The CEO of Swiss watch maker Swatch has claimed that the company is close to making a new "super battery" for smartwatches and cars that, if successful, would turn the current market for batteries upside down.
According Stefan Barmettler and Marcel Speiser of Swiss newspaper Handelszeitung, Swatch CEO Nick Hayek announced that his company plans to release a new life-long battery for smartwatches in 2016. Joshua Franklin of Reuters translated some of his comments from German into English.
"Whoever brings a battery for a smartwatch to the market that you don't need to charge for six months has a competitive advantage," Hayek said.
Hayek added that Swatch will work with research group Belenos and battery producer Renata to make the new battery.
"Next year we will come to the market with a revolutionary battery, not only for watches but also for automobiles," Hayek said.
Chris Mills of Gizmodo reported that the ideal battery life for a smartwatch is "for six months on a single charge." In drawing comparisons with the Pebble and Apple Watch, he added that Swatch's new battery could have "twice the energy storage capacity of anything on the market."
"[If] Swatch can crack the battery life problem, the company would provide an overnight fix for smartwatches' biggest Achilles Heel," Mills wrote. "The longest-lasting 'real' smartwatch you can buy is the Pebble, which can go without sucking from an outlet for a whole three days. The Apple Watch lasts a day, maybe."
Hayek elaborated on the threat the Apple Watch posed to the entire Swiss watch industry. He argued that there was an opportunity to continue selling watches despite the fact one can now get accurate time from a mobile phone and other devices.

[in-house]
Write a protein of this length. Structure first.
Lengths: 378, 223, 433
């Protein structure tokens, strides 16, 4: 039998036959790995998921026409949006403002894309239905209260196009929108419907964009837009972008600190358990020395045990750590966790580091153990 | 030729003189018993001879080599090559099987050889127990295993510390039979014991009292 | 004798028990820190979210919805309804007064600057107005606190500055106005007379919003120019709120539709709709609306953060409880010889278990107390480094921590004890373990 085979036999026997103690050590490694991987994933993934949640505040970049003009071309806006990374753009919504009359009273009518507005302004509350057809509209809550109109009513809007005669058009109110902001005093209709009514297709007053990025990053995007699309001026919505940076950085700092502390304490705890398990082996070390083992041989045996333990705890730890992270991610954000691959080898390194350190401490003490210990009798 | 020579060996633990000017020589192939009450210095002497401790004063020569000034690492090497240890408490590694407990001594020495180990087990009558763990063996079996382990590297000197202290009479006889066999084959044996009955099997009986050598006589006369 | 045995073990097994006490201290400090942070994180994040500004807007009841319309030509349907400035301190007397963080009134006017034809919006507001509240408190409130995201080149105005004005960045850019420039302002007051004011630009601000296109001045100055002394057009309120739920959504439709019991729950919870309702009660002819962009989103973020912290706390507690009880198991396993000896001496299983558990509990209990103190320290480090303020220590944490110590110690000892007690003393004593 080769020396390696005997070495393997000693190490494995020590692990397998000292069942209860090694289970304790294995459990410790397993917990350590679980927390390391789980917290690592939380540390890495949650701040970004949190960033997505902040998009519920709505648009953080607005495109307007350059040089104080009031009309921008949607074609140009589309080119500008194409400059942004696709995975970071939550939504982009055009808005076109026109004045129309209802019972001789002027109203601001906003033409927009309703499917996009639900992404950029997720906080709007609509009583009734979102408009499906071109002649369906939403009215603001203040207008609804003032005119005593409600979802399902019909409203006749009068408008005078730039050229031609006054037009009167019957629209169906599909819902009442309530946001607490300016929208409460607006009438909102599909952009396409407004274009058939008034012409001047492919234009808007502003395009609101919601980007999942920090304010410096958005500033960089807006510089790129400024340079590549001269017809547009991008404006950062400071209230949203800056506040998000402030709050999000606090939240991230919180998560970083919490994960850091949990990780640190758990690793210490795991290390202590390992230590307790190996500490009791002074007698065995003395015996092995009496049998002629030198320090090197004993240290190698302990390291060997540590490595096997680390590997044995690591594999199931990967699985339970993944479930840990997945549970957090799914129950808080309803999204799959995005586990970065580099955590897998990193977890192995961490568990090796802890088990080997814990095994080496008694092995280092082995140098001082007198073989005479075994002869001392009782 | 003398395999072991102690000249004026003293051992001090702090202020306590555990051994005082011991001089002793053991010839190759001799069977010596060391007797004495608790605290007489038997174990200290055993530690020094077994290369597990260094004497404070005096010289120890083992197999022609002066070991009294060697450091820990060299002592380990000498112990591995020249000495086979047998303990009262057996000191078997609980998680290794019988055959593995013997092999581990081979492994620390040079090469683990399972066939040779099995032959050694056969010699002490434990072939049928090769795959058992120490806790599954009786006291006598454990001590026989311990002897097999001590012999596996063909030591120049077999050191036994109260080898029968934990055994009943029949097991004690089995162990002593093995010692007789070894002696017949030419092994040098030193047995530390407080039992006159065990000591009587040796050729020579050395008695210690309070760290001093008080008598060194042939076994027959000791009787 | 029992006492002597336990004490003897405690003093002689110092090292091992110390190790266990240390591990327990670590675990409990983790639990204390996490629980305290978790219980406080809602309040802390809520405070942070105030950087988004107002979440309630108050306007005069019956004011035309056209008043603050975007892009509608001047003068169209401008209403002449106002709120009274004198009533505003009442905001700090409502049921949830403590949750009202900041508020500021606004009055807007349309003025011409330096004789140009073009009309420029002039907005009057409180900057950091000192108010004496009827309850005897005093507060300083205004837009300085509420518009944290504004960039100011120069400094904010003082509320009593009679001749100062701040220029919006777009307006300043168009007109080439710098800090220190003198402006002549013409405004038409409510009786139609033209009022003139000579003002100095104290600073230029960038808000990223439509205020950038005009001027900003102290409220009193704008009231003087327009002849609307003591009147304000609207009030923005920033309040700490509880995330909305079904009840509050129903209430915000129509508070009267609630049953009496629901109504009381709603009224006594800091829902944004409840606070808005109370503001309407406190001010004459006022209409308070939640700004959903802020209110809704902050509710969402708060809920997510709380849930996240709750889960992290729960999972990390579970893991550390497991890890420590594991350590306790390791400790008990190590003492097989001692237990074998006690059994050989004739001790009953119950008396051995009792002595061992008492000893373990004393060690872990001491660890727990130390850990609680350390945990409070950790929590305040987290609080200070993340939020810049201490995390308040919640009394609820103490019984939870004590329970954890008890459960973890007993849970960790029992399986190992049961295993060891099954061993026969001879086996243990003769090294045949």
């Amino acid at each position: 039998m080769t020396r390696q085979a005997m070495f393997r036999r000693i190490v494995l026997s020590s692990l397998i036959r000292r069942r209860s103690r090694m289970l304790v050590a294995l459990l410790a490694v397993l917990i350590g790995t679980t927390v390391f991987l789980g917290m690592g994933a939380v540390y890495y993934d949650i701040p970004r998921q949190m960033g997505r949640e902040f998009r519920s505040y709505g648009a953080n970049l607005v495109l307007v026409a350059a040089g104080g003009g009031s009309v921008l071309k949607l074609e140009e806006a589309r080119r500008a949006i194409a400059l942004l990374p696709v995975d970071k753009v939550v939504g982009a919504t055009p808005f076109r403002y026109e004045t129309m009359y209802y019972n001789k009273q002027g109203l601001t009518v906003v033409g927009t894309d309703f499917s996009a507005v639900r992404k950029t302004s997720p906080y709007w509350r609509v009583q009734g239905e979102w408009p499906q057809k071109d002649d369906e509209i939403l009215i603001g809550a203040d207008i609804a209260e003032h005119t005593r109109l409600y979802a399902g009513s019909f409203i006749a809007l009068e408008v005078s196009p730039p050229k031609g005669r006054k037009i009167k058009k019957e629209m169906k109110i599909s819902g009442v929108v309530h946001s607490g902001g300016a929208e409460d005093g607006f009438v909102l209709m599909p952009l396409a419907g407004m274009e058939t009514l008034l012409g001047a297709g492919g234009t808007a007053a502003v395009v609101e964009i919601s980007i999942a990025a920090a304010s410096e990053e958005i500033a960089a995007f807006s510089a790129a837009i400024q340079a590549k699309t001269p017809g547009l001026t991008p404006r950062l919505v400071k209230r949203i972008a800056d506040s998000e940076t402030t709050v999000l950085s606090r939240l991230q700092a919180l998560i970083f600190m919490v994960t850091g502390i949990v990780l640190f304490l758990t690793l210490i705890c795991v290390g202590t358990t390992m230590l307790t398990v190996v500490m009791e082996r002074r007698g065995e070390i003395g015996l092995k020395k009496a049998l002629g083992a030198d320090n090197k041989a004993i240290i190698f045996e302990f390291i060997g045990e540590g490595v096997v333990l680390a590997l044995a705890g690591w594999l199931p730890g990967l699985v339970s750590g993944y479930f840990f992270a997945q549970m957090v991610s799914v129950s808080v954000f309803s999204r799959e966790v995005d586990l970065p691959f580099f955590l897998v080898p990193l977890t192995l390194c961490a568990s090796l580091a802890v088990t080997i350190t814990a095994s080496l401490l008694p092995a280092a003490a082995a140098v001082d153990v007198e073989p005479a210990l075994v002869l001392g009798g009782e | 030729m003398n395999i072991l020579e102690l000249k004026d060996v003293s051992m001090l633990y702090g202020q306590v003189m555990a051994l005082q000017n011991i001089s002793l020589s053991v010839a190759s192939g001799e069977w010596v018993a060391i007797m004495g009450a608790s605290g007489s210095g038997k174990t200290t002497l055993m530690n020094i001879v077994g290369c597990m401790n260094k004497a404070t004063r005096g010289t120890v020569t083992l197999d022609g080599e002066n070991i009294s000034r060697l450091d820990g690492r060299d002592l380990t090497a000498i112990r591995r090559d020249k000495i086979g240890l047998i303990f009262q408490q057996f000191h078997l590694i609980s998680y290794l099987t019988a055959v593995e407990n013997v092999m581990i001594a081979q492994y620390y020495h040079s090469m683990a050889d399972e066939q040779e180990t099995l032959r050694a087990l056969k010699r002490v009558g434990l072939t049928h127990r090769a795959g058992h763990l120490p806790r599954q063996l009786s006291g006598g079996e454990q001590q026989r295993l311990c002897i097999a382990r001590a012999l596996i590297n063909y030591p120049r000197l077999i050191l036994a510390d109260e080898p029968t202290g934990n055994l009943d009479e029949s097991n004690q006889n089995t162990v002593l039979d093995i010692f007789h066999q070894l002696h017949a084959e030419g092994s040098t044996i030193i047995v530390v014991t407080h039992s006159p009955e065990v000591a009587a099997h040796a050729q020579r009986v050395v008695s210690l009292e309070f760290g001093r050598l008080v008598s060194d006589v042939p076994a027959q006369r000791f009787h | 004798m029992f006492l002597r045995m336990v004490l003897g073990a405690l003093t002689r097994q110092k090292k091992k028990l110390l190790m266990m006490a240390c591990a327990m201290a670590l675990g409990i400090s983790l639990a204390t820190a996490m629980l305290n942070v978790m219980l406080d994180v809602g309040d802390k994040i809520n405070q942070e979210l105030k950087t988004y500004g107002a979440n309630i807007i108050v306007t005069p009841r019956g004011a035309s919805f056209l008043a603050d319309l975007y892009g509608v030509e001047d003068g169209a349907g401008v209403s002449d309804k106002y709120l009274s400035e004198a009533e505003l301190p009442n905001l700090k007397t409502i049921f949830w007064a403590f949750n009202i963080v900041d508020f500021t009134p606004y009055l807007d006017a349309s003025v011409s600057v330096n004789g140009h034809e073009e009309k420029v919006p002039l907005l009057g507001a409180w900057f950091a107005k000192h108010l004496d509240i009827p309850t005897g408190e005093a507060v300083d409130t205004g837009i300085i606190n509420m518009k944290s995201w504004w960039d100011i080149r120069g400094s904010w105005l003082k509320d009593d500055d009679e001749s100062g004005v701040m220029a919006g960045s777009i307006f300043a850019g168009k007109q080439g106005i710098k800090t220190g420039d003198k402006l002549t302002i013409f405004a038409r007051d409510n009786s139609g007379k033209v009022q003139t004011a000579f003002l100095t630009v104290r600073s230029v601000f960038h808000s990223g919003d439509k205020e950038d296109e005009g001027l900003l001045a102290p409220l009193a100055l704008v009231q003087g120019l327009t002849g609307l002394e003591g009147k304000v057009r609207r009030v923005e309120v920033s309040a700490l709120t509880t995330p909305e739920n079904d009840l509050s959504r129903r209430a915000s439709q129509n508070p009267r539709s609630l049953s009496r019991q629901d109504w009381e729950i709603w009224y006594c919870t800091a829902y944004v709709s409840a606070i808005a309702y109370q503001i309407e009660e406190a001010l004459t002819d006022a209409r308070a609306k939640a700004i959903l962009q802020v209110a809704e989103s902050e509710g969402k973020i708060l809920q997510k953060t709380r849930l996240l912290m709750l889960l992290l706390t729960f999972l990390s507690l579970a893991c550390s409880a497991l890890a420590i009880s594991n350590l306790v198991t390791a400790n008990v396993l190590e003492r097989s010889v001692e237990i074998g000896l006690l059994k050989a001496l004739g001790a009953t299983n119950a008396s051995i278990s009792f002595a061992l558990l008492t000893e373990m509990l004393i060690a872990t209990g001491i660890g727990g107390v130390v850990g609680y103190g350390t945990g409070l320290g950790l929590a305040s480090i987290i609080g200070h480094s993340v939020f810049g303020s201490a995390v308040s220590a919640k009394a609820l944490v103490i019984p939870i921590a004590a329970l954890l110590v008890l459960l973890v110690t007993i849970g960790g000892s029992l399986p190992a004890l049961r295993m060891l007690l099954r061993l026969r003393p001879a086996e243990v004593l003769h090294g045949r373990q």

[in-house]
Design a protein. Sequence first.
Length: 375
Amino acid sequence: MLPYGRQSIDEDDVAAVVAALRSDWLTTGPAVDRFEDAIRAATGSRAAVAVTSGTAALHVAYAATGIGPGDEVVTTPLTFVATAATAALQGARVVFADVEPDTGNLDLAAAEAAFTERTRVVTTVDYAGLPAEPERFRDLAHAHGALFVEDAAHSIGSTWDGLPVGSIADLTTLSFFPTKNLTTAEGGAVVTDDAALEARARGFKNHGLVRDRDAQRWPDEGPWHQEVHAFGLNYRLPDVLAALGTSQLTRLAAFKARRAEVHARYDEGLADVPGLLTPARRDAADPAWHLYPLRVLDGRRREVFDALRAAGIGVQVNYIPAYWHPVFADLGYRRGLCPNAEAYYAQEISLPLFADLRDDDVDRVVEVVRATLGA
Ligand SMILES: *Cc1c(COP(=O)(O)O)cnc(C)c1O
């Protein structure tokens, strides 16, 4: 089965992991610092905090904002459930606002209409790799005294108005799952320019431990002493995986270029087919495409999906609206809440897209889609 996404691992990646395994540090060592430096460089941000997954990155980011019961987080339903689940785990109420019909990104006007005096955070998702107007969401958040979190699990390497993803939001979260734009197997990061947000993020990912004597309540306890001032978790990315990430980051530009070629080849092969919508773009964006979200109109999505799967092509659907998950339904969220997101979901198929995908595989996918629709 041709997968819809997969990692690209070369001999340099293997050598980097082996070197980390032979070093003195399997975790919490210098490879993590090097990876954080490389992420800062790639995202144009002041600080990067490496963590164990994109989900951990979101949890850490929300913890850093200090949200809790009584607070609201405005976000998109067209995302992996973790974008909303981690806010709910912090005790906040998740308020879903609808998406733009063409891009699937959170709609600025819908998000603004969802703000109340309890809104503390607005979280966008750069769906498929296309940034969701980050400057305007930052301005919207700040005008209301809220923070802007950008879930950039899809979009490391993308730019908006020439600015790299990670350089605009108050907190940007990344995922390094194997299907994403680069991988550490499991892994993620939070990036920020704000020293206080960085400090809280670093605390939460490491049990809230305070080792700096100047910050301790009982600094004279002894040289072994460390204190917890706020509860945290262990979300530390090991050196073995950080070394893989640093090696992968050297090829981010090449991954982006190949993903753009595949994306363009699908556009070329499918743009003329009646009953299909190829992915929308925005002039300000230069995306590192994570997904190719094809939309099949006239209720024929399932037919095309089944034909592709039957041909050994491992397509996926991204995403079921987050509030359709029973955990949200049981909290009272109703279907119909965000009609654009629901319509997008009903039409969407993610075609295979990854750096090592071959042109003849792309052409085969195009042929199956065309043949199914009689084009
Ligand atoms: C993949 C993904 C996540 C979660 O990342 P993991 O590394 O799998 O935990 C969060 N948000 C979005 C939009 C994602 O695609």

"The people are more mobile, are more in the inner cities, more in stores," Hayek said in German. "We [sold] since then even more mechanical watches, although they are much less precise than the clocks on the phone display. Do you know what Swatch is?"
Hayek thought that the Apple Watch was similar to "a remote control for your mobile phone."
"The Swatch brand is mentioned in one breath with Apple," Hayek said in German. "That has aroused an enormous interest in the brand, particularly in the USA."
The Swatch CEO argued that in addition to functionality, watches had to be beautiful and practical. He noted that this is where "the power reserve of the battery comes into play."
"A consumer who travels a lot now wants not to lug a charger for the clock," Hayek said in German. "[People] placing a battery on the market, with one half a year, does not have to charge a smart clock, which has a competitive advantage."